Steve Ford (Bruce Willis) is a down but not out L.A based Private Investigator whose professional and personal worlds collide after his loving pet Buddy is stolen by a notorious gang. A series of crazy circumstances find him doing the gang's bidding, while being chased by two vengeful Samoan brothers, a loan shark's goons, and a few other shady characters. They say a dog is a man's best friend, and Steve shows how far a man will go to be reunited with him.Written by
'Once Upon a Time in Venice Beach' was a very different film to that which I was expecting. The main reason for this? I didn't expect a comedy with Bruce Willis in the lead role. When I think of Willis I do not think of funny. He's good at the sarcastic one-liners (think 'Die Hard') evenly spread throughout a film, but not trying to carry the whole thing on his humour alone. He doesn't have the talent for that, nor did he have the script here to be fair. He may not be a funny man, but I don't think many actors in Hollywood would have been able to turn this material into something funny. There wasn't a whole lot to like about this film.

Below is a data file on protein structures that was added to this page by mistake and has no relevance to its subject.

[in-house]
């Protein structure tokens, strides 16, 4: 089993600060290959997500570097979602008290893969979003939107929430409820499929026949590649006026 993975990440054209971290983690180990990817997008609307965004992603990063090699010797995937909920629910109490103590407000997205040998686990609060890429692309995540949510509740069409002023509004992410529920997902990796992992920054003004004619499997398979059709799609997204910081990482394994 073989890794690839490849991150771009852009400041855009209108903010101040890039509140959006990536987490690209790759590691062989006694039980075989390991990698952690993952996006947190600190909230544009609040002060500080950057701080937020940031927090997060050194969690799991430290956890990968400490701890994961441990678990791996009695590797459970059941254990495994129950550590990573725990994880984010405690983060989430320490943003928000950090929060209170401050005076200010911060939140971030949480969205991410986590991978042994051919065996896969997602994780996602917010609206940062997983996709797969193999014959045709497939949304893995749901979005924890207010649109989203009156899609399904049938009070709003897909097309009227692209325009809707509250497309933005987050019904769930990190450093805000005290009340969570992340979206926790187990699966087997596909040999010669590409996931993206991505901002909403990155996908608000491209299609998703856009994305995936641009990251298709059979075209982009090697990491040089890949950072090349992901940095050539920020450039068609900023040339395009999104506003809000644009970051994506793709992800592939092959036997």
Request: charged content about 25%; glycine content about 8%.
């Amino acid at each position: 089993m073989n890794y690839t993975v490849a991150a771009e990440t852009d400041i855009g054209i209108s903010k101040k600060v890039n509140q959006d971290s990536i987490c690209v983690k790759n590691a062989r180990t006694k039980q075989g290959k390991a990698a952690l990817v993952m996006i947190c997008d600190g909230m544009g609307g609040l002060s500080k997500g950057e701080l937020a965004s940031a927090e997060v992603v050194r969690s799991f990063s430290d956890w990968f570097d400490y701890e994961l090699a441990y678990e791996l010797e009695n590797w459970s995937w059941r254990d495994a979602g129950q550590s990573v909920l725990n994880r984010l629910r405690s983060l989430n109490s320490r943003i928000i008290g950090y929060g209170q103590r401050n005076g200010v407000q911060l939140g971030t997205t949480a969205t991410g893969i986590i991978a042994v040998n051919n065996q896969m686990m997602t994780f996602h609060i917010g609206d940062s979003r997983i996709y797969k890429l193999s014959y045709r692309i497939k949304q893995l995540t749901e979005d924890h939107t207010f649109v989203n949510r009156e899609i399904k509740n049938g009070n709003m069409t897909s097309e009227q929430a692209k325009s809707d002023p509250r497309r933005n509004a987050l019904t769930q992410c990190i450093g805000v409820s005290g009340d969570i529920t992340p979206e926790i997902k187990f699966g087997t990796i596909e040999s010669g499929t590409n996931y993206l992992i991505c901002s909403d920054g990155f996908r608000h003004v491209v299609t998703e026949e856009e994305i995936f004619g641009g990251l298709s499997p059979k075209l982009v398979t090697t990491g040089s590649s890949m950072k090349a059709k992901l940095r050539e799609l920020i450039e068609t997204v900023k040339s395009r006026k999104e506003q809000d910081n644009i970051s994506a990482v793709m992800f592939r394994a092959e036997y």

The next problem with the film is that it never actually feels like a film. It feels like the pilot for a TV series. Sure enough I looked up writer/director Mark Cullen's profile and most of his previous work has come in television (with the exception of another Bruce Willis cop movie 'Cop Out' which was also not received well). It's quite a bizarre experience to watch a film structured like a TV episode because it so rarely happens. Surely it's not that hard of a mistake to avoid? There is no focus though and the story just keeps chopping from story to story - none of which are particularly interesting. I suppose the theory was if we don't have one good story to tell let's just tell five mediocre ones instead.
There are a tonne of cameos in the film by faces you'll recognise (most have long since passed the peak of their fame), but sadly none of the them are given any decent material to work with either. No effort or thought has gone into what they could do in their cameo scenes, they simply show show up, spew out a few lines to advance the story a little, and then are gone. It's almost like they only found out they were getting that particular actor in on the morning of shooting and didn't have any time to prepare something for them. Very disappointing.
The only positive I took from the film was John Goodman. He was literally the only one in the entire film who got a laugh out of me, and the movie is undoubtedly at its strongest when he is on screen. Willis looked tired to be honest. It's sad to see, but he has clearly lost his love for the industry and it is coming across brutally on screen. This is sadly yet another very poor film to add to his résumé.
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